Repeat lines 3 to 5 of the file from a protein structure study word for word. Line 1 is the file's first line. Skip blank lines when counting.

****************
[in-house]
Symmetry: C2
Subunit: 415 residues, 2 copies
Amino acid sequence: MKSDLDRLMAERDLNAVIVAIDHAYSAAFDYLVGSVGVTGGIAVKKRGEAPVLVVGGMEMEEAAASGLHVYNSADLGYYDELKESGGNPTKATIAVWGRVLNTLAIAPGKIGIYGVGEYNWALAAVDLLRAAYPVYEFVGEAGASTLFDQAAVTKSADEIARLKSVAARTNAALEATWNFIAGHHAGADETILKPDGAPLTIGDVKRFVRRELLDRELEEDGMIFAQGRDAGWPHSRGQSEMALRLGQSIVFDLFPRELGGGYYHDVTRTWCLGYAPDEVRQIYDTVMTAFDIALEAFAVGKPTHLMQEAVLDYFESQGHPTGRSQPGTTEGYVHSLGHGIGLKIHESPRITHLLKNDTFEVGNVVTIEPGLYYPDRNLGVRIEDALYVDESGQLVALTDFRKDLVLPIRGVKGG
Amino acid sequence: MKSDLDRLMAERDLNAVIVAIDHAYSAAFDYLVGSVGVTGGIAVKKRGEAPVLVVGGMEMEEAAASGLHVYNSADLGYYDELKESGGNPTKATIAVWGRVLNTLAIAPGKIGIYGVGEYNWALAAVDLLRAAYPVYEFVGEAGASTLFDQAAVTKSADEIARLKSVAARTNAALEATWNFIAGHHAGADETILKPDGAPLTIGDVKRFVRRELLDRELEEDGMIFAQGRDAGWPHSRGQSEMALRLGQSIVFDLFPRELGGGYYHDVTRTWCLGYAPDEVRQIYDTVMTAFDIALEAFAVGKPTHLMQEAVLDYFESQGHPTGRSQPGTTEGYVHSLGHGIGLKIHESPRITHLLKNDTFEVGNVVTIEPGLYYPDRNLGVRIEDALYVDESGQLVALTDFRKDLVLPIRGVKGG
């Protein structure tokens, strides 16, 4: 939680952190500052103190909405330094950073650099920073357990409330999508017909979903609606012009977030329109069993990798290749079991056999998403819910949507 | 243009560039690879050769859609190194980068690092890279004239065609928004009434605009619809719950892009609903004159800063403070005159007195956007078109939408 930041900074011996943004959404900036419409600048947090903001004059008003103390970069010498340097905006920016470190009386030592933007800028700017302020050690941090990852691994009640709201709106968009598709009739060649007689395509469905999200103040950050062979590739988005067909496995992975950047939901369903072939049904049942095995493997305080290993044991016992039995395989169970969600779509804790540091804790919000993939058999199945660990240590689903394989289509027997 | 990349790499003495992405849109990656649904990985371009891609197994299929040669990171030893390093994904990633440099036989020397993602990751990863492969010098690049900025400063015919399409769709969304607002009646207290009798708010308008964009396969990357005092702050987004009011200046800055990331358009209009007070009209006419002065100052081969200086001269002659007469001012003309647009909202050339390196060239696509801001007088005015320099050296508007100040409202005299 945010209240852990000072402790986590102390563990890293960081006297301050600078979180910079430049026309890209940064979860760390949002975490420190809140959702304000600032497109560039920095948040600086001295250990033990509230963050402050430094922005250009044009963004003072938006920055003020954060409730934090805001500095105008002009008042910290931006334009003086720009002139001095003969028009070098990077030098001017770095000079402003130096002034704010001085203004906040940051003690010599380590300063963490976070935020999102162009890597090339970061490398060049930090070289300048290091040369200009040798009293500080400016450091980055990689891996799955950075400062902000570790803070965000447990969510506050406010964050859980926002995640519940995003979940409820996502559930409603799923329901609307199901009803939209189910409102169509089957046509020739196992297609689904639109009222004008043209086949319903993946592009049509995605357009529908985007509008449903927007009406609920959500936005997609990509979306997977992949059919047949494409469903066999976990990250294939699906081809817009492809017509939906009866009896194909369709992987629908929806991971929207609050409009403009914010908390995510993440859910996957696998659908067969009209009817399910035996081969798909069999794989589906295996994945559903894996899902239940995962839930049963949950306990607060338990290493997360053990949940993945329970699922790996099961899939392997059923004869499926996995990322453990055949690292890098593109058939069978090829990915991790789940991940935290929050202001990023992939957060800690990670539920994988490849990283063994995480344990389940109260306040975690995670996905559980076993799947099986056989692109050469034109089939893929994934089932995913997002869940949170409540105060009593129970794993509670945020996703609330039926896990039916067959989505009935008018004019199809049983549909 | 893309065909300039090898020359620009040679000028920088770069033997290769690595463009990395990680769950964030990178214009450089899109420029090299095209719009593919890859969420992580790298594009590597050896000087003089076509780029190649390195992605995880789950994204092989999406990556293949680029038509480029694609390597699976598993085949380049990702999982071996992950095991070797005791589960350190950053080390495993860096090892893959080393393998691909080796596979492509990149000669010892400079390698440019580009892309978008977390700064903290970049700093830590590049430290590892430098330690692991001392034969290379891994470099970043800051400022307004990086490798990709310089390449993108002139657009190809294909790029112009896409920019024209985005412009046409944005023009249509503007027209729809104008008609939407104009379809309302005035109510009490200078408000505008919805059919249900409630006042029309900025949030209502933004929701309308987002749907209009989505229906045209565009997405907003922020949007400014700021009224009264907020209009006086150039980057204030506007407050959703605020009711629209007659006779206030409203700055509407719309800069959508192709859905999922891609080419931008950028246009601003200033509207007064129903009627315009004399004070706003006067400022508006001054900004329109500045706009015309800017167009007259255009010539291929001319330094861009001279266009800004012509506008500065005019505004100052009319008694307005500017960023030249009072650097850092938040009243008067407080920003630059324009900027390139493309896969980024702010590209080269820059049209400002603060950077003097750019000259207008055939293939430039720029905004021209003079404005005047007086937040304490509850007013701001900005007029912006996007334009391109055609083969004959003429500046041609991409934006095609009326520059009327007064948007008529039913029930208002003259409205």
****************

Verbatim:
Subunit: 415 residues, 2 copies
Amino acid sequence: MKSDLDRLMAERDLNAVIVAIDHAYSAAFDYLVGSVGVTGGIAVKKRGEAPVLVVGGMEMEEAAASGLHVYNSADLGYYDELKESGGNPTKATIAVWGRVLNTLAIAPGKIGIYGVGEYNWALAAVDLLRAAYPVYEFVGEAGASTLFDQAAVTKSADEIARLKSVAARTNAALEATWNFIAGHHAGADETILKPDGAPLTIGDVKRFVRRELLDRELEEDGMIFAQGRDAGWPHSRGQSEMALRLGQSIVFDLFPRELGGGYYHDVTRTWCLGYAPDEVRQIYDTVMTAFDIALEAFAVGKPTHLMQEAVLDYFESQGHPTGRSQPGTTEGYVHSLGHGIGLKIHESPRITHLLKNDTFEVGNVVTIEPGLYYPDRNLGVRIEDALYVDESGQLVALTDFRKDLVLPIRGVKGG
Amino acid sequence: MKSDLDRLMAERDLNAVIVAIDHAYSAAFDYLVGSVGVTGGIAVKKRGEAPVLVVGGMEMEEAAASGLHVYNSADLGYYDELKESGGNPTKATIAVWGRVLNTLAIAPGKIGIYGVGEYNWALAAVDLLRAAYPVYEFVGEAGASTLFDQAAVTKSADEIARLKSVAARTNAALEATWNFIAGHHAGADETILKPDGAPLTIGDVKRFVRRELLDRELEEDGMIFAQGRDAGWPHSRGQSEMALRLGQSIVFDLFPRELGGGYYHDVTRTWCLGYAPDEVRQIYDTVMTAFDIALEAFAVGKPTHLMQEAVLDYFESQGHPTGRSQPGTTEGYVHSLGHGIGLKIHESPRITHLLKNDTFEVGNVVTIEPGLYYPDRNLGVRIEDALYVDESGQLVALTDFRKDLVLPIRGVKGG